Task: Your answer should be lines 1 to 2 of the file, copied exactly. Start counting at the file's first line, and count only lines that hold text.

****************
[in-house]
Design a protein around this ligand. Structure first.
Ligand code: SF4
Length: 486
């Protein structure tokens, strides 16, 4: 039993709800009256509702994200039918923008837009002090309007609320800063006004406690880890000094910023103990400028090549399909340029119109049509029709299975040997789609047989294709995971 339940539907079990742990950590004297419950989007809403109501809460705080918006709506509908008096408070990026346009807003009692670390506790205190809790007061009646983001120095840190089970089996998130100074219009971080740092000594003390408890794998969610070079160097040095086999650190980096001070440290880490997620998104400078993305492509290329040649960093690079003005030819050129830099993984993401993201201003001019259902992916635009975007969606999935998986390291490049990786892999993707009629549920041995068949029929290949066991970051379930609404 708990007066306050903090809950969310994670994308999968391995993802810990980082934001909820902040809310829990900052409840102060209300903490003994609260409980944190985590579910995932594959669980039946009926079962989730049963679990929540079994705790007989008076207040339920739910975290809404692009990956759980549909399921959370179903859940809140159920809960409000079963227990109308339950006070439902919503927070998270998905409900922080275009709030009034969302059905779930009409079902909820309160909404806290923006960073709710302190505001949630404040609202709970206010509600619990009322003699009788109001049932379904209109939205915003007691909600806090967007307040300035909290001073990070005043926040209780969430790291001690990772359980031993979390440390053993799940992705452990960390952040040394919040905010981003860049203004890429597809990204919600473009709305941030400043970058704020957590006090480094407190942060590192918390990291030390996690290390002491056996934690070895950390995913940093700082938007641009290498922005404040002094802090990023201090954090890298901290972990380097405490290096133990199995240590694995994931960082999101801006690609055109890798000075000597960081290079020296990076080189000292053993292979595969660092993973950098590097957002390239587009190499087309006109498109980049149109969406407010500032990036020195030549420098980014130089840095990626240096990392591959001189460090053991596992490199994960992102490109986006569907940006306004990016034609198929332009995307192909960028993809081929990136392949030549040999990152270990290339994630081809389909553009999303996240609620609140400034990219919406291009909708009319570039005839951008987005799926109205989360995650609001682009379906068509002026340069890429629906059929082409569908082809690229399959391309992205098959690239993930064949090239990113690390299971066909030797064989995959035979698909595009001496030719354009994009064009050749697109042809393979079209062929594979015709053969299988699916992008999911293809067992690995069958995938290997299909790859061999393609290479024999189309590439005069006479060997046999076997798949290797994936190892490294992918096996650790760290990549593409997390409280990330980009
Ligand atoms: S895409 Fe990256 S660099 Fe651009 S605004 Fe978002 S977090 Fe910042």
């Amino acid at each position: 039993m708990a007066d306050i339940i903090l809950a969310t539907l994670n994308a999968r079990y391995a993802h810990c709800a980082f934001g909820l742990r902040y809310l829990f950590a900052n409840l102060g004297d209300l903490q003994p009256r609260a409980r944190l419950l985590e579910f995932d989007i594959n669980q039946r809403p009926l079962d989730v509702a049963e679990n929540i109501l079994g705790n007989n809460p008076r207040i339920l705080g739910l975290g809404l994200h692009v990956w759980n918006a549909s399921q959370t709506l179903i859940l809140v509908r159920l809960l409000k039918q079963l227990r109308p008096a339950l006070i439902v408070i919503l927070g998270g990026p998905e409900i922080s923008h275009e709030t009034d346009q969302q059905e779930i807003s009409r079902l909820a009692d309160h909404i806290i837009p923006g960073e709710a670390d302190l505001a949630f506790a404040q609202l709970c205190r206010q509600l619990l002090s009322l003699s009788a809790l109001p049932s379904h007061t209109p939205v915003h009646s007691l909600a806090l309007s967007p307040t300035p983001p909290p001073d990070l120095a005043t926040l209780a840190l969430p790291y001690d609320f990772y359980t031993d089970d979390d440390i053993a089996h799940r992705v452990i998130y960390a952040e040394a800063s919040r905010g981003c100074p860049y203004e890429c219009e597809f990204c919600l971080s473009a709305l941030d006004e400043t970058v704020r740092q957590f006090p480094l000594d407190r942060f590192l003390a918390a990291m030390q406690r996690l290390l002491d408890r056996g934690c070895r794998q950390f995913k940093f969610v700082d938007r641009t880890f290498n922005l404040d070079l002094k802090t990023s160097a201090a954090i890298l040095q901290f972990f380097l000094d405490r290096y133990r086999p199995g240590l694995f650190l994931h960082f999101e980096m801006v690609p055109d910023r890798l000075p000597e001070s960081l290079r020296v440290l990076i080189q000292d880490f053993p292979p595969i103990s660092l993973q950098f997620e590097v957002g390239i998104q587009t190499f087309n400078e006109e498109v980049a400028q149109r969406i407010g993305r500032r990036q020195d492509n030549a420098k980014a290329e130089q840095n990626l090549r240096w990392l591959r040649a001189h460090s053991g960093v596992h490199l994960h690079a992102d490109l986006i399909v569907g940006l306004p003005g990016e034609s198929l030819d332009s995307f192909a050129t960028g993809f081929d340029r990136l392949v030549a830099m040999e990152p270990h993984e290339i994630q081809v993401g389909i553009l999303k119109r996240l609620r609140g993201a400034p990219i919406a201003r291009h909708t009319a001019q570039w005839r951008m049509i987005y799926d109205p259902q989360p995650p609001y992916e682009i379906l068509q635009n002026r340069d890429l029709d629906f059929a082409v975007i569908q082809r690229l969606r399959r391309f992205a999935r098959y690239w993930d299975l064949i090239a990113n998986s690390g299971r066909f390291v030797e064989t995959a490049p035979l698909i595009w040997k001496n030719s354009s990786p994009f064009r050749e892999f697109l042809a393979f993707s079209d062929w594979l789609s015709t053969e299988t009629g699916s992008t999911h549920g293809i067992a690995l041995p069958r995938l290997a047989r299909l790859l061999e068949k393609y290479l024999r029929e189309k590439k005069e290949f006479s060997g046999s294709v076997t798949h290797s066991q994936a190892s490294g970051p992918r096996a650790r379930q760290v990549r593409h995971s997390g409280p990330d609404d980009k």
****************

[in-house]
Design a protein around this ligand. Structure first.